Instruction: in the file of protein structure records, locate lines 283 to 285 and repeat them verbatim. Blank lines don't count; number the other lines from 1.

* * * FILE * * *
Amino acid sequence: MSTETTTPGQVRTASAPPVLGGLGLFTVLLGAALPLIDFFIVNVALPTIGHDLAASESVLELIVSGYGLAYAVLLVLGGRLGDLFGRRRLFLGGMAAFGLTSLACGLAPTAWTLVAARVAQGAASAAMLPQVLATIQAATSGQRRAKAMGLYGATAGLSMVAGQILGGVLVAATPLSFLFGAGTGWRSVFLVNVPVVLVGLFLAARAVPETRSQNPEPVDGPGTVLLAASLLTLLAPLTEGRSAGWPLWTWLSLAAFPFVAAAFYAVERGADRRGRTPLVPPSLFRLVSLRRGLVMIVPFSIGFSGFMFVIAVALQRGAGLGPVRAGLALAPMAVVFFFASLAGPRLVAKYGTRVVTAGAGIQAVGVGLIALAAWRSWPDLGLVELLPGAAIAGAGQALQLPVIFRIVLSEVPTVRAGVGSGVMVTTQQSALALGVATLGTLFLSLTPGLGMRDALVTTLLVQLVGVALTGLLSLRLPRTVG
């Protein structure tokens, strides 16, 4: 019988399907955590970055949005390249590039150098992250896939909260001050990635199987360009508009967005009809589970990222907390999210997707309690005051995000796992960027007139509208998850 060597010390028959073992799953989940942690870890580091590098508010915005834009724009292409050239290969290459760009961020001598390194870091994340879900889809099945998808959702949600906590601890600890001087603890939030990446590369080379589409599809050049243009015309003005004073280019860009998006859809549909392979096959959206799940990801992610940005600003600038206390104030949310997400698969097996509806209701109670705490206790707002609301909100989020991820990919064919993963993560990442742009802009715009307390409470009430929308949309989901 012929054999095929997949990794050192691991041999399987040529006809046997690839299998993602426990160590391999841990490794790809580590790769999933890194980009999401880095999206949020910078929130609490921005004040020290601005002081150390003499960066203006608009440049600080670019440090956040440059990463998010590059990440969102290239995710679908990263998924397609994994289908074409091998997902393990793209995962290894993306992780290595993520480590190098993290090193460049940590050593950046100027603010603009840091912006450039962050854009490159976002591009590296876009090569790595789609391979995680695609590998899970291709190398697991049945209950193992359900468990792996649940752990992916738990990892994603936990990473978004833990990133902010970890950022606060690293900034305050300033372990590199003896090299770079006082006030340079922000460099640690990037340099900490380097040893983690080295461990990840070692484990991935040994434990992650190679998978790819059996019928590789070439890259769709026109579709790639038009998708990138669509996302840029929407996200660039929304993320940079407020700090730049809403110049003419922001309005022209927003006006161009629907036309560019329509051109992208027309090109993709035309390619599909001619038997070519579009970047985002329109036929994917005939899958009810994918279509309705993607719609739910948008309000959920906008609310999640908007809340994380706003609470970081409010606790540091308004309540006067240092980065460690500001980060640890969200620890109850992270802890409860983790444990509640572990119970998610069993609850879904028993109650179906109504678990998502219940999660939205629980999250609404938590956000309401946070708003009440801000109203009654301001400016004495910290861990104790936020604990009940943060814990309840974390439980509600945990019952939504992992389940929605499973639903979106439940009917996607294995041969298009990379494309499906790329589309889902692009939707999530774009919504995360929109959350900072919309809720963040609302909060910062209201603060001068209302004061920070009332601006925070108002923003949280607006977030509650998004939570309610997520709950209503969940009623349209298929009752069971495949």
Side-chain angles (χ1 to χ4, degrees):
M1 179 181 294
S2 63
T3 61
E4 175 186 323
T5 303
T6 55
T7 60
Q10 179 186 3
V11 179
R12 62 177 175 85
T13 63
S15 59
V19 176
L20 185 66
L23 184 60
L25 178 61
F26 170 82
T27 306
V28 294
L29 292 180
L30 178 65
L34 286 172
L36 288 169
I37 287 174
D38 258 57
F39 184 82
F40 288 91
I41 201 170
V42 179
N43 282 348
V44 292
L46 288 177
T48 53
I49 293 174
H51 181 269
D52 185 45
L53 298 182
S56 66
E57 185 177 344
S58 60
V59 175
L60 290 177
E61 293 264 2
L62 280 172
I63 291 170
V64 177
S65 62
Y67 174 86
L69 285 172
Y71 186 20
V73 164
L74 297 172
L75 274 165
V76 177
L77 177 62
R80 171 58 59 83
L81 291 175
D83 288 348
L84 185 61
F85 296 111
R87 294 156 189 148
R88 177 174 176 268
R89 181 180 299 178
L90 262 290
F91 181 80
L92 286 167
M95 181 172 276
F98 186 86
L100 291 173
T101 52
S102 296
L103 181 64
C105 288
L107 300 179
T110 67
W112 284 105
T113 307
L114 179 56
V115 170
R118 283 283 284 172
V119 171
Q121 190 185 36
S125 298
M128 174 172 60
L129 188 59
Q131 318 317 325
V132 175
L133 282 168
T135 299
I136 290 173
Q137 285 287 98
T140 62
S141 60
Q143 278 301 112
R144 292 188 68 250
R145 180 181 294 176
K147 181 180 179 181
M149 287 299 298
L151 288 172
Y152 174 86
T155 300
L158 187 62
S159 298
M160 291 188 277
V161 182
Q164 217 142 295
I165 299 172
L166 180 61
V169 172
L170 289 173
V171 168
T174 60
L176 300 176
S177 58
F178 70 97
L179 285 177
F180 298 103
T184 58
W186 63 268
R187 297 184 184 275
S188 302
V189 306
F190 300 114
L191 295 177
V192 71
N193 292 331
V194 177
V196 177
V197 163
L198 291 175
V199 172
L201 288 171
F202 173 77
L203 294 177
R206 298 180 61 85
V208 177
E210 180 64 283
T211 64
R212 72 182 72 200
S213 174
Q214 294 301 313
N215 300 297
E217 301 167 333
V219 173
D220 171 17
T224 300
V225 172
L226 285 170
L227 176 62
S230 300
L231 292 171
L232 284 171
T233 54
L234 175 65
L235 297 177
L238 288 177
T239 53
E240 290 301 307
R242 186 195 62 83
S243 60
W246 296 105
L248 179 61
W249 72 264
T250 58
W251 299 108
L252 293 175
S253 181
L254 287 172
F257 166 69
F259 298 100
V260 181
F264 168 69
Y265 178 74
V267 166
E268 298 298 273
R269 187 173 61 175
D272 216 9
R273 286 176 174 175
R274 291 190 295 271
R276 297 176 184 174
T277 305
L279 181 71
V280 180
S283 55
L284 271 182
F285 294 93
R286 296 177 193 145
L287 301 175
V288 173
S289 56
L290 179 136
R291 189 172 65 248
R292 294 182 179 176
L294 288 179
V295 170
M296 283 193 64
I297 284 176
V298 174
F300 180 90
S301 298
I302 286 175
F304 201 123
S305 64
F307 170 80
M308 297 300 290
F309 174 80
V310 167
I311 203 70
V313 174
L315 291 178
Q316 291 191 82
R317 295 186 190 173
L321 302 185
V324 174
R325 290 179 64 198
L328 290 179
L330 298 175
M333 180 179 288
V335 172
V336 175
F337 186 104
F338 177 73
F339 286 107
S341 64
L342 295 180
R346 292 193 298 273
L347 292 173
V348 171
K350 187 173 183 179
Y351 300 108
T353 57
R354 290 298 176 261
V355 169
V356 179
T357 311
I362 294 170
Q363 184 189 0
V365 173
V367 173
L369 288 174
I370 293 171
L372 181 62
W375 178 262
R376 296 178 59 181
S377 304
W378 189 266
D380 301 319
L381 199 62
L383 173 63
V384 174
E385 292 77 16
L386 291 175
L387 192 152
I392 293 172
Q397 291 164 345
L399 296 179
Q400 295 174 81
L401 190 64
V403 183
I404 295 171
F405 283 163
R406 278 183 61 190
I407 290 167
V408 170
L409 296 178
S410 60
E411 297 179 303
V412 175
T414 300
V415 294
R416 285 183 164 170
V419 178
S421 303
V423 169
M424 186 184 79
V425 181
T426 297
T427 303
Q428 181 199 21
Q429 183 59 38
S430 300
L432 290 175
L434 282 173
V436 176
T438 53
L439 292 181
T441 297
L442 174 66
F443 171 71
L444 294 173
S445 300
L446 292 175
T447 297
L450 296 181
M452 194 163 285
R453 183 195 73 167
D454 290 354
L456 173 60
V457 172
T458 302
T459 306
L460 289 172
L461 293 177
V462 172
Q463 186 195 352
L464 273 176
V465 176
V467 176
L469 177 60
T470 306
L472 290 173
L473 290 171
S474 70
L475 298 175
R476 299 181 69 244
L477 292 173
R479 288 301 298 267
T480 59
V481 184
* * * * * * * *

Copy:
Q429 183 59 38
S430 300
L432 290 175